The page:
Article
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Objectives To examine whether differential exposure to pre- and perinatal risk factors explained differences in levels of self-regulation between children of different races (White, Black, Hispanic, Asian, and Other). Methods Multiple regression models based on data from the Early Childhood Longitudinal Study, Birth Cohort (n ≈ 9,850) were used to analyze the impact of pre- and perinatal risk factors on the development of self-regulation at age 2 years. Results Racial differences in levels of self-regulation were observed. Racial differences were also observed for 9 of the 12 pre-/perinatal risk factors. Multiple regression analyses revealed that a portion of the racial differences in self-regulation was explained by differential exposure to several of the pre-/perinatal risk factors. Specifically, maternal age at childbirth, gestational timing, and the family’s socioeconomic status were significantly related to the child’s level of self-regulation. These factors accounted for a statistically significant portion of the racial differences observed in self-regulation. Conclusions The findings indicate racial differences in self-regulation may be, at least partially, explained by racial differences in exposure to pre- and perinatal risk factors.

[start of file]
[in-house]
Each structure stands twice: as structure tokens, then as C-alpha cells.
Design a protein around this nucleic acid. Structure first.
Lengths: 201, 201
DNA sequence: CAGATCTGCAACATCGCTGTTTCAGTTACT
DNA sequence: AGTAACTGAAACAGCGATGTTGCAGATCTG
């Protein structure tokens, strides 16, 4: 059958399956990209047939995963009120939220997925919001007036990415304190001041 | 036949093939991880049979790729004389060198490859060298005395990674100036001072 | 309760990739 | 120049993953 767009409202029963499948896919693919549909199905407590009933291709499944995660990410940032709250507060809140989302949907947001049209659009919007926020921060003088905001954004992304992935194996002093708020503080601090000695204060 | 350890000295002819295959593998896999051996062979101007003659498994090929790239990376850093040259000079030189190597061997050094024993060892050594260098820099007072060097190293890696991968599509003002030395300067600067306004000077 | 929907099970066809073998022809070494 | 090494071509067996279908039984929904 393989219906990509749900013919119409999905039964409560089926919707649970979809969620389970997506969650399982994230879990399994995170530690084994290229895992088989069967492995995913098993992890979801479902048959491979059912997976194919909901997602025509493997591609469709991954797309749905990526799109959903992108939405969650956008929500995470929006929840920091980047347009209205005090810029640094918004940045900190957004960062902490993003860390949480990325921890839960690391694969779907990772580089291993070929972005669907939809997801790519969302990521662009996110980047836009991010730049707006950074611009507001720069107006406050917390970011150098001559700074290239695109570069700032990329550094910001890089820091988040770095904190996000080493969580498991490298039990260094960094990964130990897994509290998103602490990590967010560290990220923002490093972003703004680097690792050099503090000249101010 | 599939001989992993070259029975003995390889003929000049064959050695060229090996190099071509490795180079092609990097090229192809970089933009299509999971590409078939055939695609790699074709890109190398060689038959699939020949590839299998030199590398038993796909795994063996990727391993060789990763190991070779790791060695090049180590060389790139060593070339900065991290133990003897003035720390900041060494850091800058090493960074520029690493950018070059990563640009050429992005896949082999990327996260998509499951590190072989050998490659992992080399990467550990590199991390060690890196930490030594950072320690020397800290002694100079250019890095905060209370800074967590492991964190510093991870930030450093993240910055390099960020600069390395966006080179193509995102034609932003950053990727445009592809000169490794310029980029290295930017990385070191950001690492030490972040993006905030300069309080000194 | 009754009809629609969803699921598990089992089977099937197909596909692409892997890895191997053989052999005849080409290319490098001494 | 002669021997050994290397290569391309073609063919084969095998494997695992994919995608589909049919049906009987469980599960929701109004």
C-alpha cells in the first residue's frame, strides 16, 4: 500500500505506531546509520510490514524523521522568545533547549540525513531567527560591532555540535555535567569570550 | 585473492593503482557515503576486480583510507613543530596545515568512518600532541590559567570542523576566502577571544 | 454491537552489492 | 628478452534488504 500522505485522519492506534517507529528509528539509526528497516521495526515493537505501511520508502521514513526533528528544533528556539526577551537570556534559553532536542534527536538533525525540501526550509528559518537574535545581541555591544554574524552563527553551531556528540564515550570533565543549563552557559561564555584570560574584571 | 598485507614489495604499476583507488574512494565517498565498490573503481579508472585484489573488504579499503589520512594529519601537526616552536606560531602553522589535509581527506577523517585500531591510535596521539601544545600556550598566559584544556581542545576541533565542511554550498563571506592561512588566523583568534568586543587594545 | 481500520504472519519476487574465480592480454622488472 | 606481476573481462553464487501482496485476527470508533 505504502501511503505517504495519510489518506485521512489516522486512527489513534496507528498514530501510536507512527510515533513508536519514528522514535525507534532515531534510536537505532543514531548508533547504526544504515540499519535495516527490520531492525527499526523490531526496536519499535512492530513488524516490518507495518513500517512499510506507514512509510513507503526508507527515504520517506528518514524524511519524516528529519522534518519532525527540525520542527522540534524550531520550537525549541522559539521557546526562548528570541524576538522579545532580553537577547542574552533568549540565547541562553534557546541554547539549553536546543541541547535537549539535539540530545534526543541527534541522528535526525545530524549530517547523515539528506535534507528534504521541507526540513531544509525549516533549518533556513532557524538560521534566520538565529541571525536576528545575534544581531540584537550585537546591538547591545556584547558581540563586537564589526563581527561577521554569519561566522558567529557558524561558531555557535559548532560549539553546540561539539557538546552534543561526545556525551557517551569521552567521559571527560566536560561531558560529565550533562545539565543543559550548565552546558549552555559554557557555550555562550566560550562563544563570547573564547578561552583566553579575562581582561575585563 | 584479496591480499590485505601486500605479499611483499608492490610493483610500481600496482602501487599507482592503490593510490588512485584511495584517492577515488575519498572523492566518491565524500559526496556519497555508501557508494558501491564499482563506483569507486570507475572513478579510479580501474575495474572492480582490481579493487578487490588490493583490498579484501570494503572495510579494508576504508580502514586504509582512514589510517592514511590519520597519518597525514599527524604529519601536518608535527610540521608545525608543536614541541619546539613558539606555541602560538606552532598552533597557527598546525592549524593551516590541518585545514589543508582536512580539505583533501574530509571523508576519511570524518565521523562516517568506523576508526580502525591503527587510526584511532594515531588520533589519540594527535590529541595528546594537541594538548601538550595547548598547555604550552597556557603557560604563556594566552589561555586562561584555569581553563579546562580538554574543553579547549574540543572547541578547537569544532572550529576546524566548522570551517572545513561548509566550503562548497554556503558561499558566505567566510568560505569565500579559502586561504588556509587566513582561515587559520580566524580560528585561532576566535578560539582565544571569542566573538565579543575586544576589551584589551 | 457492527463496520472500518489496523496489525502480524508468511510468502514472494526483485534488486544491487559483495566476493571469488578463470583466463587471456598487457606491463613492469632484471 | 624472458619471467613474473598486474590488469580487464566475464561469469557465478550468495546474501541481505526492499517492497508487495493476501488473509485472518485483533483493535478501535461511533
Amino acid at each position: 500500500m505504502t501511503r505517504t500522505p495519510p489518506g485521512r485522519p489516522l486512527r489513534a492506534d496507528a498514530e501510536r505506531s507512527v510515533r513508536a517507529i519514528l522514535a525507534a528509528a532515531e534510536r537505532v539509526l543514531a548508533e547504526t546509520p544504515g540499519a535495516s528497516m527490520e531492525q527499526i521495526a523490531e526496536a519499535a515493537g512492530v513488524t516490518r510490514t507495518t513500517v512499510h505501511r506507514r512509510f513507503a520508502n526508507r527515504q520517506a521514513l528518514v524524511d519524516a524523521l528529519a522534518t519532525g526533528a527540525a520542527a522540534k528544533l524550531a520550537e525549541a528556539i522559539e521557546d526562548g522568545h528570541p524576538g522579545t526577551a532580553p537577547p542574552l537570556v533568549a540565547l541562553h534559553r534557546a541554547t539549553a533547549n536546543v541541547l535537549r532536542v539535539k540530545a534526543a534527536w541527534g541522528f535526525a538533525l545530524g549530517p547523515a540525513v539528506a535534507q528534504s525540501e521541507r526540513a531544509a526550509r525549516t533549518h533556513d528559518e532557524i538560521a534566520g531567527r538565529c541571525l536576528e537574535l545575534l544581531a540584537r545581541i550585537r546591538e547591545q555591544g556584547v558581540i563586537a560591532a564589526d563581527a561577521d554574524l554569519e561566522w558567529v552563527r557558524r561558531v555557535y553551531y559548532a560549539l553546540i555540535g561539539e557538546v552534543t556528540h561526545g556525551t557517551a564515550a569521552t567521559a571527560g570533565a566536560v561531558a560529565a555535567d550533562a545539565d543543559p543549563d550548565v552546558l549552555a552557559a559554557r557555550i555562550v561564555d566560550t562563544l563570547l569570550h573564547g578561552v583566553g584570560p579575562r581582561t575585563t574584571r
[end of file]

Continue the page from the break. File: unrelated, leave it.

... Gender and race were included as dichotomous dummy variables, wherein gender was coded as 0 = female and 1 = male and race was coded such that 0 = Caucasian and 1 = African American. Given that IQ, victimization, and violence all have been found to stratify significantly between Caucasians and African Americans (Beaver, DeLisi, et al., 2013;Jensen, 1998;Lo, Howell, & Cheng, 2013), all other races were excluded from the analyses to simplify the findings and interpretation of the results. Importantly, all of the IQ, victimization, and violence measures used in the current analyses were significantly different between Caucasians and African Americans, with African Americans scoring lower on IQ, higher on victimization, and higher on violence (p b .05, ...
Article
Intelligence has been linked to antisocial, violent, and criminal behaviors. Surprisingly, however, there is a lack of research examining whether intelligence differentially affects the risk for personal victimization. The current study addresses this gap in the literature by examining whether adolescent levels of verbal intelligence are related to the odds of personal victimization in adolescence and adulthood. This study analyzed data from the National Longitudinal Study of Adolescent to Adult Health (Add Health). The results revealed a statistically significant and consistent association between intelligence and victimization. Persons with lower intelligence were more likely to report being victimized even after controlling for the effects of violent criminal behavior. Future research would benefit by examining more closely the association between IQ score and the risk for victimization over the life course.